Omeros: Power in the Pipeline

By David Liang Markets Fool.com

Although 2016 could be considered more of a "year-to-forget" for Omeros (NASDAQ: OMER) investors, 2017 has the potential to be this company's best year by far. The combination of solid execution on revenue growth along with the start of a pivotal phase 3 trial could see shares rocket to the moon.

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Buy it for the product

Currently, Omeros' single approved drug is Omidria, a product approved in June of 2014 for the prevention of intraoperative miosis (pupil constriction) and post-operative pain both during and after cataract/intraocular lens (IOL) surgery. Omidria is the only product on the market for this indication. With an estimated 3.6 million cataract/IOL surgeries performed annually within the United States alone, the market for Omidria is very large indeed.

Since launching Omidria in the second quarter of 2015, sales of the product have been doing well, with overall revenues for the product coming in at $12.9 million in the most recent quarter. This was up 212% year-over-year and 14% sequentially.

Image source: Getty Images.

Following a rough start, management seems to have hit their stride in sales. According to management comments, the combination of a consignment program and volume discounts has had the net effect of accelerating growth in Omidria sales. Although Omidria is currently on a $52 million annualized run-rate, analysts have projected total sales of Omidria to come in at $128 million next year. As biotechs generally trade at around three to four times sales, with a market cap hovering around $500 million, Omeros could be fairly valued on Omidria alone.

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But hold it for the pipeline

Omeros' lead pipeline candidate is OMS721, and this product has the potential to be a real game-changer. OMS721 is a human monoclonal antibody targeting a protein called MASP-2. While the science behind how MASP-2 works is pretty heavy, suffice it to say that MASP-2 functions to increase the body's immune system response to foreign invaders. By targeting MASP-2, OMS721 has the potential to lower the body's immune response in rare autoimmune diseases where the patient's immune system mistakenly recognizes its own host as a foreign invader and attacks.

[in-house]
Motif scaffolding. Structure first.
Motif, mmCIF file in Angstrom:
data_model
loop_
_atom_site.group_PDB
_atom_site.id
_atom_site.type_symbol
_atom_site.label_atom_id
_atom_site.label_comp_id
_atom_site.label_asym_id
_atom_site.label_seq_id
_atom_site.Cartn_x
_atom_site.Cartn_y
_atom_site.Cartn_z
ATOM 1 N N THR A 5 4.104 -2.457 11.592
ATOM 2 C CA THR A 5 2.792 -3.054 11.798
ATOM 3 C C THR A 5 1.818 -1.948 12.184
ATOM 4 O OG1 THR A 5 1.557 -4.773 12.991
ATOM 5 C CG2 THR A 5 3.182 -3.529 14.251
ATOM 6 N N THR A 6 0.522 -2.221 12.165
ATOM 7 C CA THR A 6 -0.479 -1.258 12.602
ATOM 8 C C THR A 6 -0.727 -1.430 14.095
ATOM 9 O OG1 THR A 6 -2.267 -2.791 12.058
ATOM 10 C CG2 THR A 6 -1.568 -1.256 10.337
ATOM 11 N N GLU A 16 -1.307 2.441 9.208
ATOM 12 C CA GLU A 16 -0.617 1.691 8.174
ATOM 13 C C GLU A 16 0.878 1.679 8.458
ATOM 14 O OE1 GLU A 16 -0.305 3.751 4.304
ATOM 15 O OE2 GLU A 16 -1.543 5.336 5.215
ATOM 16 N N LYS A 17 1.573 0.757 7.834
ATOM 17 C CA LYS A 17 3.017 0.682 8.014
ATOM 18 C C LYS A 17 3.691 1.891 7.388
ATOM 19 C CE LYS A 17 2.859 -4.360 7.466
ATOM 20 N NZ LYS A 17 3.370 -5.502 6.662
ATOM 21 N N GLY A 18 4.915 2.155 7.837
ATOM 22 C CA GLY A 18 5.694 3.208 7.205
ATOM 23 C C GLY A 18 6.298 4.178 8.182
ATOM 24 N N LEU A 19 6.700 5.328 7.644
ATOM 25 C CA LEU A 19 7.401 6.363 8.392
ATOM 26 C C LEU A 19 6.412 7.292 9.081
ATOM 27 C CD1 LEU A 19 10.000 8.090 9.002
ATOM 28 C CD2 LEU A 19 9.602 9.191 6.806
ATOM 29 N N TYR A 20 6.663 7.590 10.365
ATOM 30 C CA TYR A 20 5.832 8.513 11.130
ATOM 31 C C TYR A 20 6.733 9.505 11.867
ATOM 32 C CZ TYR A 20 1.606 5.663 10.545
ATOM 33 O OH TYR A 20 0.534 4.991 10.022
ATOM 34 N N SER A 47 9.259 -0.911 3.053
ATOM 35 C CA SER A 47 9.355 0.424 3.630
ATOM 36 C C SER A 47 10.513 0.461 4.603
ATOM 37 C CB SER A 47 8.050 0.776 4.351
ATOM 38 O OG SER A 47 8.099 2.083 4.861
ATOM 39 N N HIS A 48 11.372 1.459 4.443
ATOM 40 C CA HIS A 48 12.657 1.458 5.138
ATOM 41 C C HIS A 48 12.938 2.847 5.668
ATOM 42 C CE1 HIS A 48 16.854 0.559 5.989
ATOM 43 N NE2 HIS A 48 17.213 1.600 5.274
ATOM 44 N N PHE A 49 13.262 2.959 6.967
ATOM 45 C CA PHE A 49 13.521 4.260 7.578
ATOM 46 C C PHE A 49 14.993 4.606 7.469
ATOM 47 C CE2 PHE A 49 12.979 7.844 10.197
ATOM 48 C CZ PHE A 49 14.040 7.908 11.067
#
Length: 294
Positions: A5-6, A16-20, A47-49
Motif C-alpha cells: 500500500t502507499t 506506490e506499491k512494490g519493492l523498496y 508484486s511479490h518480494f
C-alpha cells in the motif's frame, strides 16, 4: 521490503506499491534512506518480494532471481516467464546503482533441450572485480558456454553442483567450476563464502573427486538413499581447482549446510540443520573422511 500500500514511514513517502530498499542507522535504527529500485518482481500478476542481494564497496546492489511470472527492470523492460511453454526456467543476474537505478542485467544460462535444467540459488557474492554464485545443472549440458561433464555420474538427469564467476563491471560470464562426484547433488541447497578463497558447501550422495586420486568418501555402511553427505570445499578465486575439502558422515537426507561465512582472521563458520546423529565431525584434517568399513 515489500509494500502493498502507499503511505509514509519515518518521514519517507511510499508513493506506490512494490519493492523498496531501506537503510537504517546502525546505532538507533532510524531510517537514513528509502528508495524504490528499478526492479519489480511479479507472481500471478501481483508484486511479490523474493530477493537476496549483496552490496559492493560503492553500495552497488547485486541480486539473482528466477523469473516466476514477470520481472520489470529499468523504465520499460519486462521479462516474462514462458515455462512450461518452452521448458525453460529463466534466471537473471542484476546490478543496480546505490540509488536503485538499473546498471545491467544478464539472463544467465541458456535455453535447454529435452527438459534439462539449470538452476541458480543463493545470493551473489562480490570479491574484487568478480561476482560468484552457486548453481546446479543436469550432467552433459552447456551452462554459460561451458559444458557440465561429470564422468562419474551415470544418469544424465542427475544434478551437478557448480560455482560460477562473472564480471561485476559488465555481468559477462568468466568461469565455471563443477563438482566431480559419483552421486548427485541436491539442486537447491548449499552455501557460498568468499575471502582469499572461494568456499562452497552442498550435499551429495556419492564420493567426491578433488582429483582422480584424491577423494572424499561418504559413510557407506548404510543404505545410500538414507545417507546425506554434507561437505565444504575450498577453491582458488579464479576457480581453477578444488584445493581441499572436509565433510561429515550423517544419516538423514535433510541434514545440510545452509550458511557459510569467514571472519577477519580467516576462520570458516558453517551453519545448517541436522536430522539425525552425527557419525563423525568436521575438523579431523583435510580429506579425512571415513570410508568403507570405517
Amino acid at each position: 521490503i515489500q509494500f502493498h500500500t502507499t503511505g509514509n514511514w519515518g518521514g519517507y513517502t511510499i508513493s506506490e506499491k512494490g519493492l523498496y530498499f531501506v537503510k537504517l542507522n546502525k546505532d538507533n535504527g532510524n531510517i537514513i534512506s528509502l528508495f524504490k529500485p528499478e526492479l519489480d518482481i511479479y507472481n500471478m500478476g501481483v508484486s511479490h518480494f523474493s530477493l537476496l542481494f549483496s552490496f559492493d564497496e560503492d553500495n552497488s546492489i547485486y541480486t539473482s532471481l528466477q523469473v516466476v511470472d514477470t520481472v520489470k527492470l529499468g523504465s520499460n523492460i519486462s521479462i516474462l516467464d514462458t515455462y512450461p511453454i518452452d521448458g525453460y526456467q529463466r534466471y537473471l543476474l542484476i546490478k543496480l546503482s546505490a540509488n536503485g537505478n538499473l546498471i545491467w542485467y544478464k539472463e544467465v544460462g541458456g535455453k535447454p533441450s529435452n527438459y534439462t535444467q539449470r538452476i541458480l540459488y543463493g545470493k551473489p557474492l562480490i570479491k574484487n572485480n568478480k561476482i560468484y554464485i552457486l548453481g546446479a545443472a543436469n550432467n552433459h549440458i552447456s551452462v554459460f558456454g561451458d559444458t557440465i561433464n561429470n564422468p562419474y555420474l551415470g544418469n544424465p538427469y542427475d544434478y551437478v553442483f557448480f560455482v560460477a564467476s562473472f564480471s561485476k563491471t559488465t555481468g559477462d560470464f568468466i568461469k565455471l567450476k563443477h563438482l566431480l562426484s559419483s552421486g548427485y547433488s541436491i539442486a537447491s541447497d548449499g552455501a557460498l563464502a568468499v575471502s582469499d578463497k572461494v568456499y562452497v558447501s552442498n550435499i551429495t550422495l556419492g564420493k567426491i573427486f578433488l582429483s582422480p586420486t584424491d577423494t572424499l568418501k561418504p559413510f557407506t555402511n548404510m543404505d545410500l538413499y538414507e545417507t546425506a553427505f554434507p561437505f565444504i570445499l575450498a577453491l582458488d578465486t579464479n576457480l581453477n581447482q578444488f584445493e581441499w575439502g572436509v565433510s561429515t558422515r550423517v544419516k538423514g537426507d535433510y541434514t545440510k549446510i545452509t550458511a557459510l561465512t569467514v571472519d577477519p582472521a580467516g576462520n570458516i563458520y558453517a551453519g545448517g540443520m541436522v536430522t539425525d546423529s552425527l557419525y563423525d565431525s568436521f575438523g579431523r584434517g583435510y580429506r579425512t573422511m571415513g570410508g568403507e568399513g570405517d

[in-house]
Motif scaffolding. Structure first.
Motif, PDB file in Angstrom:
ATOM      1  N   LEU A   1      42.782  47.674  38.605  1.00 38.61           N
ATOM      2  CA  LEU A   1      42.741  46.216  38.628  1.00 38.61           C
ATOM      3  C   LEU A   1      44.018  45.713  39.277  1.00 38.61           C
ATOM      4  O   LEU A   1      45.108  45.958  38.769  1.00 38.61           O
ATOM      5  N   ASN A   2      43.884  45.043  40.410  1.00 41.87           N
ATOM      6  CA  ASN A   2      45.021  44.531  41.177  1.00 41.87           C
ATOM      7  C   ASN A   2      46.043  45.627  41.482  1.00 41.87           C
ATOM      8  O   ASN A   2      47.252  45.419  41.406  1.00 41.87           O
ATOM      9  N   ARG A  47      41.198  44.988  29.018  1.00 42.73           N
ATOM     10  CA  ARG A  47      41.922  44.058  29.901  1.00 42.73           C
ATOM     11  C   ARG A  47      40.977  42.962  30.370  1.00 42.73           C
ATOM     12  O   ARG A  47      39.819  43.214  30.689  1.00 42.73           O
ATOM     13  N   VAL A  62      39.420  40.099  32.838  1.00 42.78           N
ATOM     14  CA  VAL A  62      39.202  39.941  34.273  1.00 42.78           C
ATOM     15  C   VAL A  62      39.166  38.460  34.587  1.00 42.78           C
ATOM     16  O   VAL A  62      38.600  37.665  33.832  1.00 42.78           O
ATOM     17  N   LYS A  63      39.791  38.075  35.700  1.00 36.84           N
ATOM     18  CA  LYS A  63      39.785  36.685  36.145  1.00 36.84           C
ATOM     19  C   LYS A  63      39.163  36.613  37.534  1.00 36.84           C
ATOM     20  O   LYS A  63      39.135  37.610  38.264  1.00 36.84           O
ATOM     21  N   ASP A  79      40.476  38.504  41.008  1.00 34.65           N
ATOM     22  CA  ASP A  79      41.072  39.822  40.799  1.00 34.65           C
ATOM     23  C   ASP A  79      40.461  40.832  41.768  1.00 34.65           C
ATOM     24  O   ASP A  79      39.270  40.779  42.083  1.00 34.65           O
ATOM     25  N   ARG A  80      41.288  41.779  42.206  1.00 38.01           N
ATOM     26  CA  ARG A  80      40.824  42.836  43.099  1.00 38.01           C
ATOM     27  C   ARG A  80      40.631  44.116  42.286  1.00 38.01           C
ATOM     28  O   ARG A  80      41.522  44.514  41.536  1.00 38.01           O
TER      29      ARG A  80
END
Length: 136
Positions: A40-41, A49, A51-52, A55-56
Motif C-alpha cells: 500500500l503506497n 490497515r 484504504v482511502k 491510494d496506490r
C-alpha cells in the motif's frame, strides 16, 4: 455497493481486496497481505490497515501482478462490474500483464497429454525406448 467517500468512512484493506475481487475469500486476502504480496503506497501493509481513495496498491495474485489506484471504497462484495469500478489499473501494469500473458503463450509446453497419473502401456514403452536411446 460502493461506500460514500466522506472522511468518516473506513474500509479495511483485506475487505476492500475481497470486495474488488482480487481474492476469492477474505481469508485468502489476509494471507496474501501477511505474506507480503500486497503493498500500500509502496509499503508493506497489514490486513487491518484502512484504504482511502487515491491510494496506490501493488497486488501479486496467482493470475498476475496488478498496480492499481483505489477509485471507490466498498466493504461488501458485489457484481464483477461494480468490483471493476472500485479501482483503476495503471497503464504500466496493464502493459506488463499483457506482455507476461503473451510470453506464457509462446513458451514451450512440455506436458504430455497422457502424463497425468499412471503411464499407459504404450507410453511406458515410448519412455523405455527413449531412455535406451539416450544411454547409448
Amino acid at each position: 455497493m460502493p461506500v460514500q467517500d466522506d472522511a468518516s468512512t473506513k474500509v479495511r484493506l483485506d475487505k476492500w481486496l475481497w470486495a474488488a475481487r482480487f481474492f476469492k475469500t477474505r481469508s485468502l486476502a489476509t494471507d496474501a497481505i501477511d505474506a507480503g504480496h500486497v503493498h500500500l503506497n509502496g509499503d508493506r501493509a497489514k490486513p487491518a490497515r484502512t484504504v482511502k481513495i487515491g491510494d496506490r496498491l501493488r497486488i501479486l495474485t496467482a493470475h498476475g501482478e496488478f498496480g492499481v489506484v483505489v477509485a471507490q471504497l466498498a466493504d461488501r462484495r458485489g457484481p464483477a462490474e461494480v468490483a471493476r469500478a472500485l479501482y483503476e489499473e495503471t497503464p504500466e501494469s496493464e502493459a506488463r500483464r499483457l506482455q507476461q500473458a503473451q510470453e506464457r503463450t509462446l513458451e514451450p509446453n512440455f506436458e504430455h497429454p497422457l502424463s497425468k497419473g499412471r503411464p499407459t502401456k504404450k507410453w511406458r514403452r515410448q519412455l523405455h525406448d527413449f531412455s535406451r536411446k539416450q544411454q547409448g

One such disease is the ultra-rare orphan disease known as atypical hemolytic uremic syndrome (aHUS). AHUS is a progressive, life-threatening disease characterized by the formation of many small blood clots throughout the body. If left untreated, the large majority of aHUS patients will either die or suffer permanent renal damage.

While aHUS is an extremely rare disease (it affects approximately 500 patients in the United States), Soliris, a product marketed by Alexion Pharmaceuticals (NASDAQ: ALXN) for thetreatment of this indication, reported sales of $2.8 billion in 2016 because the drug is so expensive. OMS721 has the potential to provide a more convenient form of administration (subcutaneous vs Soliris' intravenous)

Omeros reported positive phase 2 results for OMS721 in aHUS back in 2015 and, following an end-of-phase-2 discussion with the FDA, was given the green light to begin a phase 3 study. Although the company has not announced specifics with regards to timeline, Omeros has announced that it has begun enrollment in this study.

Lopsided upside/downside profile

One of the most exciting things to look for in any investment is the idea of a "lottery ticket." The worst case scenario when you buy a lottery ticket is that nothing happens and you're out the money you used to purchase it. In the world of investing, the worst that can happen is that you lose the money that you put into the stock. However, the best case could be life-changing.

I believe Omeros could be that lottery ticket. As mentioned earlier, at a current market cap hovering around $500 million, Omeros may be appropriately valued on Omidria alone. However, should OMS721 succeed in aHUS or any of its other four indications it is being studied in, I would expect shares of this tiny biotech to skyrocket. With highly disproportionate potential upside and downside values, I'd call Omeros a solid buy today.

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David Liang has no position in any stocks mentioned. The Motley Fool has no position in any of the stocks mentioned. The Motley Fool has a disclosure policy.